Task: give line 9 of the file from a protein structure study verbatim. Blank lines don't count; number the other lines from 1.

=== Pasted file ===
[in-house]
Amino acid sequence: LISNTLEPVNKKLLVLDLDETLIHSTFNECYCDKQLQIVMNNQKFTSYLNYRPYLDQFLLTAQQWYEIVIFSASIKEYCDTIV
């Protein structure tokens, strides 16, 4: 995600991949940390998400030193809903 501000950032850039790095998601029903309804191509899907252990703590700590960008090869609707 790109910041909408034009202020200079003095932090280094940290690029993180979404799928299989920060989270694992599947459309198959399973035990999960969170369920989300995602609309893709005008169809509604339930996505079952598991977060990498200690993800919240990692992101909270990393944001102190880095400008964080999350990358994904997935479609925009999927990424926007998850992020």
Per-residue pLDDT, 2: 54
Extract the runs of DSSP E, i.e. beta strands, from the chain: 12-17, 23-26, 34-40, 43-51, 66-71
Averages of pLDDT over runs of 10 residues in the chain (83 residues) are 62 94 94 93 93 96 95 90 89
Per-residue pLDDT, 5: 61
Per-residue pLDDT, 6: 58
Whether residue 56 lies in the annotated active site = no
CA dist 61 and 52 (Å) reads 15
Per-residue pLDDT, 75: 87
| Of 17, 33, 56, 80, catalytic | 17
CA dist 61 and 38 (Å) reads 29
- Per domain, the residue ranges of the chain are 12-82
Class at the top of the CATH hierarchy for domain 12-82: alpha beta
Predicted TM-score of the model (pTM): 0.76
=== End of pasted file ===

Whether residue 56 lies in the annotated active site = no